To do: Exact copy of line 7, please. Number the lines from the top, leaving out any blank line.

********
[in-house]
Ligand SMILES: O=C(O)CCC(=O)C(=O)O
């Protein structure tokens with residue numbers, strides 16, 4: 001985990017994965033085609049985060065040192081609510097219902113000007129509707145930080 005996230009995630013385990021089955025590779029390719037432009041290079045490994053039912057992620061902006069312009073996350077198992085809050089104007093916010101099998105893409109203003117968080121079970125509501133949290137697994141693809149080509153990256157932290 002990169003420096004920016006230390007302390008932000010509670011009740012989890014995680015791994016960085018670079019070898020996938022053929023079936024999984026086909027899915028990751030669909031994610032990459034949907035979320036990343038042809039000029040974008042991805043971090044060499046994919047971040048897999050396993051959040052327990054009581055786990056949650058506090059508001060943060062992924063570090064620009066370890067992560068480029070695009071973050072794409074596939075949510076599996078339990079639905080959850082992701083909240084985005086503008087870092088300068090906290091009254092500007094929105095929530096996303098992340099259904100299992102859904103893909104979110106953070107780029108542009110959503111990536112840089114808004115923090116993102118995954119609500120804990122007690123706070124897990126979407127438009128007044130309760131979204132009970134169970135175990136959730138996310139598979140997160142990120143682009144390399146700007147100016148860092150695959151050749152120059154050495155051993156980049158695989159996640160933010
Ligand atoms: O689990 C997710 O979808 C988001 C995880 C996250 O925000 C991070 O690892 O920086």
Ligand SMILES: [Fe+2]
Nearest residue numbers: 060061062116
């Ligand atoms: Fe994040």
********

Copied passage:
């Ligand atoms: Fe994040």